CCH Tax Day Report
A medical marijuana management company was liable for Washington sales tax and retailing business and occupation (B&O) tax on its retail sales of medical marijuana because it transferred ownership of such products for valuable consideration. The taxpayer contended that it provided operational assistance to a collective garden. However, the taxpayer was required to collect and remit sales tax, whether it was acting as a principal or as an agent of the collective garden. Furthermore, the taxpayer was liable for retailing B&O tax because it failed to provide documents to show it was acting as an agent. It provided neither books and records showing that transactions were made in the name of the principal nor records showing the amount of gross sales, amount of commissions and other income derived by the broker or agent on such sales.
Though the taxpayer claimed that the money received by customers were donations for B&O tax purposes, as the customers received marijuana, the funds were not gratuitous. Furthermore, the taxpayer’s sales of medical marijuana were not exempt as sales of drugs pursuant to a prescription, as licensed practitioners are not authorized to prescribe marijuana in Washington. Pursuant to statute, medical marijuana patients receive a “valid documentation” from a health care professional, not a prescription.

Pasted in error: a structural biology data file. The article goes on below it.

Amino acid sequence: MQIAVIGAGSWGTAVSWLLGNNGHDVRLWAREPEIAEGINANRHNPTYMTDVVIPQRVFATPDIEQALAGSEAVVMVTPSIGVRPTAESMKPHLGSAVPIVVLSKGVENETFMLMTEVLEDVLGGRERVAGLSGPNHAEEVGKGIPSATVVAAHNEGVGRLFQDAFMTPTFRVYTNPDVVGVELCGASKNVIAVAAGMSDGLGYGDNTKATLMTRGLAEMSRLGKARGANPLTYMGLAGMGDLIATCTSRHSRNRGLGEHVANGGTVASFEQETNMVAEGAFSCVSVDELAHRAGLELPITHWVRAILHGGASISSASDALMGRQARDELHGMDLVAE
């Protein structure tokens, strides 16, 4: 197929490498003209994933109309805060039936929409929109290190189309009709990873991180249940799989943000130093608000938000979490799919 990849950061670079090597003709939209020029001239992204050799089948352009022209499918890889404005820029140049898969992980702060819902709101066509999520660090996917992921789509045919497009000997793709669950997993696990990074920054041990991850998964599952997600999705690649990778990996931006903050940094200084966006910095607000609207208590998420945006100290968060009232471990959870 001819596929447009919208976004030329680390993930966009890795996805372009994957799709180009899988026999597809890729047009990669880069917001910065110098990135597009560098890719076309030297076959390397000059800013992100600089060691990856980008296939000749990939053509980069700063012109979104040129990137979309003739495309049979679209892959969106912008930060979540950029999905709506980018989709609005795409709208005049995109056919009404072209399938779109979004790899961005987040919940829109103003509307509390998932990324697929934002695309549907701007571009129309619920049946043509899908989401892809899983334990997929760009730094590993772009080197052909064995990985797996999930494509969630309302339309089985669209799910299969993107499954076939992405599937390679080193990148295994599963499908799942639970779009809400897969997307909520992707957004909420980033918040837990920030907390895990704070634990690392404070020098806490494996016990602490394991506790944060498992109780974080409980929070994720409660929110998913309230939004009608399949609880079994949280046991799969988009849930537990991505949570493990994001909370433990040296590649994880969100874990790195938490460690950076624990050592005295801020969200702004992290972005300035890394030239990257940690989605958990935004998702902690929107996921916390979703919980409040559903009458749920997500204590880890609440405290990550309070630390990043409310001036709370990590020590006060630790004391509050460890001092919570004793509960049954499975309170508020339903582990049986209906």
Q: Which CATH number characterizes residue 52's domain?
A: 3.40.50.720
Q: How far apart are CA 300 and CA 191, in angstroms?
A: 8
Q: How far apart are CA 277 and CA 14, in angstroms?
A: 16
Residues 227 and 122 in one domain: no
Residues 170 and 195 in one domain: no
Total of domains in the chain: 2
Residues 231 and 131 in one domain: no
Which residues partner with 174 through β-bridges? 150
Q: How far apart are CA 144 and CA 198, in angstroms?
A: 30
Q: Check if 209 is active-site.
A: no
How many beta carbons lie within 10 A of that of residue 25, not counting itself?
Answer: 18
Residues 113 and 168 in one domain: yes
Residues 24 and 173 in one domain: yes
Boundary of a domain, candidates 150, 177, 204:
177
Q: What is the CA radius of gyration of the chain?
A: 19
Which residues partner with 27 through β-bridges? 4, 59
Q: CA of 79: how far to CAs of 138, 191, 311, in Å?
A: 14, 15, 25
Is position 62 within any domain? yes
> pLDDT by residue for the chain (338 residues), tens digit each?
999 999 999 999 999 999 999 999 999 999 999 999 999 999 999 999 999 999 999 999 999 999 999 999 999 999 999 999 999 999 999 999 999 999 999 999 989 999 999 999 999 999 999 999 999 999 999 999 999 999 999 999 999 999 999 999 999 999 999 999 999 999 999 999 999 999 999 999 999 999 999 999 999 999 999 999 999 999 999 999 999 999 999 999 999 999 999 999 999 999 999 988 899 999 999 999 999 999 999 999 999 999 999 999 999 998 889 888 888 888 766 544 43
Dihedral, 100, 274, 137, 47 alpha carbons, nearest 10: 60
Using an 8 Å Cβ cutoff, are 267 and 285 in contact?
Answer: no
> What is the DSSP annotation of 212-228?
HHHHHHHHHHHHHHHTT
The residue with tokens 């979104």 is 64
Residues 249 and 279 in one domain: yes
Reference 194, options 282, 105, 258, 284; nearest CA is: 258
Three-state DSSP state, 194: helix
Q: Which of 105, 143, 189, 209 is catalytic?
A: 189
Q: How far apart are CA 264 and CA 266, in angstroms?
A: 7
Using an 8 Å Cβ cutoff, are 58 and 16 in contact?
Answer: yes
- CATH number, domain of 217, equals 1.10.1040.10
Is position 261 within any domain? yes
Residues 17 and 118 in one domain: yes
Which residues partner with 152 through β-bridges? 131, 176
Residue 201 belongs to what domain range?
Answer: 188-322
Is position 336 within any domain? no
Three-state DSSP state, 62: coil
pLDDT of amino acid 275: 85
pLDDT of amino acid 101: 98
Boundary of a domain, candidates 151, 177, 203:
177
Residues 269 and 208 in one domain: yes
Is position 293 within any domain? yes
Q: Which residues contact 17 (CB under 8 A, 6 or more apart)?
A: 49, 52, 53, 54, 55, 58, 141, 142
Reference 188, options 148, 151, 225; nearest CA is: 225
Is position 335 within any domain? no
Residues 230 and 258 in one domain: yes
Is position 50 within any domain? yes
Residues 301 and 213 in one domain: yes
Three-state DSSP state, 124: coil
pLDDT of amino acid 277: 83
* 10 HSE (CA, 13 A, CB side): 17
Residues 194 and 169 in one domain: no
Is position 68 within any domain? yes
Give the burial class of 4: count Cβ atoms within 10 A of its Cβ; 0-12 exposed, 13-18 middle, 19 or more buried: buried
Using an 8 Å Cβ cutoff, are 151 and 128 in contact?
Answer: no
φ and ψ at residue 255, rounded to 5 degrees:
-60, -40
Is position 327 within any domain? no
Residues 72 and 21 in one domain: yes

The taxpayer’s sales were also not exempt as sales of medicines of a botanical origin prescribed by a person licensed as a naturopath. The statute regulating naturopaths makes an explicit distinction between controlled substances, such as medical marijuana, and botanical medicines.
Determination No. 16-0136, Washington Department of Revenue, December 23, 2016, ¶204-152